In my opinion, as long as they are in the women's section, they can do whatever they want as an expression of prayer. Well, no undressing.
However, the Supreme Court has decided what they can and cannot do and they refuse to accept those limitations. In that case, how can they complain when they are detained?
Moreover, where is their solidarity with a parallel group of people campaigning for their religious rights, on the Temple Mount specifically? Or are they hypocritical?
The face-off at the security gate outside the Western Wall one Friday this month was familiar: for more than two decades, women have been making a monthly pilgrimage to pray at one of Judaism’s holiest sites in a manner traditionally preserved for men, and the police have stopped them in the name of maintaining public order.
...Bonna Devora Haberman, 52, of Women of the Wall, was confronted by the police this month after trying to bring in her prayer shawl...“How can you say this to me?” demanded a tearful Bonna Devora Haberman, 52, a Canadian immigrant who helped found the group Women of the Wall in 1988. “I’m a Jew. This is my state.” The officer was unmoved. “At the Western Wall, you can’t pray with a tallit,” he said, referring to the fringed prayer shawl in Ms. Haberman’s backpack. “You can’t go in with it.”
...to pray as they wish at the site has become a rallying cause for liberal Jews in the United States and around the world...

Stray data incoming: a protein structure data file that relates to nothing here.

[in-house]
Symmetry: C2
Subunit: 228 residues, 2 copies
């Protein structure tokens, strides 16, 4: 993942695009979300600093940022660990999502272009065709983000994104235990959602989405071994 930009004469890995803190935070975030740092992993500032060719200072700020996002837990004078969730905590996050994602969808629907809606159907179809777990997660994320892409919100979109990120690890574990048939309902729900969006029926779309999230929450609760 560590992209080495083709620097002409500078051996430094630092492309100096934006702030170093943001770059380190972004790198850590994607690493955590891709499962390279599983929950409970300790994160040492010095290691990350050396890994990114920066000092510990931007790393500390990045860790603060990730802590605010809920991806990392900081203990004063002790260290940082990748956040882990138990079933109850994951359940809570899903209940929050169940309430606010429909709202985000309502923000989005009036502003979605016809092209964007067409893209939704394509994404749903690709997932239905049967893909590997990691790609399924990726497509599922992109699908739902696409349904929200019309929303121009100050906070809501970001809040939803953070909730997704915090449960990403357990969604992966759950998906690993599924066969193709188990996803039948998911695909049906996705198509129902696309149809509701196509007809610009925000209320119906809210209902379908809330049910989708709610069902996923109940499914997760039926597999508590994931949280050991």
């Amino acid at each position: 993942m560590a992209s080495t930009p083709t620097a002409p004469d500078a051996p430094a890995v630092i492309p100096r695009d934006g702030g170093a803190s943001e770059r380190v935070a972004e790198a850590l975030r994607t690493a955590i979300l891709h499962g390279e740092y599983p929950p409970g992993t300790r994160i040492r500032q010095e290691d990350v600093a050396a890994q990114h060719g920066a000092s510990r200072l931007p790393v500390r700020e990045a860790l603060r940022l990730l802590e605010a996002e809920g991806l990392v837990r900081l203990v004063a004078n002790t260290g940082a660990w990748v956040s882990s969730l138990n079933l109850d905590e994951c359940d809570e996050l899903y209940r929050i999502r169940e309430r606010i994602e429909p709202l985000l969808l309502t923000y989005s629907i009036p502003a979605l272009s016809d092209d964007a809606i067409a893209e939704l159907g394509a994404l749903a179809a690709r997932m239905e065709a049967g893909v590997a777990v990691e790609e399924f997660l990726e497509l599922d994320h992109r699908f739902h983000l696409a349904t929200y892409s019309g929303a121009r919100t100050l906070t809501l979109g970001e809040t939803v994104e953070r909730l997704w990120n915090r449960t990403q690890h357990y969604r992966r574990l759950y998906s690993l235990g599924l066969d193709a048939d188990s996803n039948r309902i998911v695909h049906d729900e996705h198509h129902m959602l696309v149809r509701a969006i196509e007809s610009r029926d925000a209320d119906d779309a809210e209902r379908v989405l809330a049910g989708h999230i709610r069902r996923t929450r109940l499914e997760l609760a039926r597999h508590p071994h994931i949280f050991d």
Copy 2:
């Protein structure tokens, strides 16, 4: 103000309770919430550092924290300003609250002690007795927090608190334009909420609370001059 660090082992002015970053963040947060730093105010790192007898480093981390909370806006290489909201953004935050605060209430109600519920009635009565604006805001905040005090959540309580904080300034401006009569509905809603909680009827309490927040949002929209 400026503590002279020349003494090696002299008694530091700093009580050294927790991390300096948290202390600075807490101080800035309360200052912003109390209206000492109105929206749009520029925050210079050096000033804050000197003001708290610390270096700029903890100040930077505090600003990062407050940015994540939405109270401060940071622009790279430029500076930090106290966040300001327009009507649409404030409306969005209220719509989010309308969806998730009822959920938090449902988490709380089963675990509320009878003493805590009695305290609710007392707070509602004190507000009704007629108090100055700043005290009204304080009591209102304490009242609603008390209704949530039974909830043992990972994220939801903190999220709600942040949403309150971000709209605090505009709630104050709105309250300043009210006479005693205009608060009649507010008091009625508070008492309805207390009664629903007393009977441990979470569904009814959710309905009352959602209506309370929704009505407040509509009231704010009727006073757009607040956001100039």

“The next chapter of what it means to be a Jewish state is being defined right now,” said Elana Sztokman, the director of the Jewish Orthodox Feminist Alliance, who is writing a book that includes a chapter about Women of the Wall. “We have to figure out what does Israel want, what role do we really want religion to have in this state? And it’s happening on the backs of women.”
...said Anat Hoffman, the group’s leader. “Many of Israel’s best inventions were imports,” she added. “For example: Zionism.”
That last statement is ridiculous, by the way. Nonsensical. Since Zionism means bringing Jews back to Israel, of course it started in Eretz-Yisrael even though those that fulfill it come from abroad - because they have to return.
And why not ecstasy?
A half-hour later, Ms. Haberman was dancing and singing hymns in the women’s section of the Western Wall, tears replaced by a grin of what she called “ecstasy.” Soon after, she and the others were at Robinson’s Arch, wrapped in their shawls as they read from the Torah.
Is Reform ecstasy different than Ultra-Orthodox ecstasy?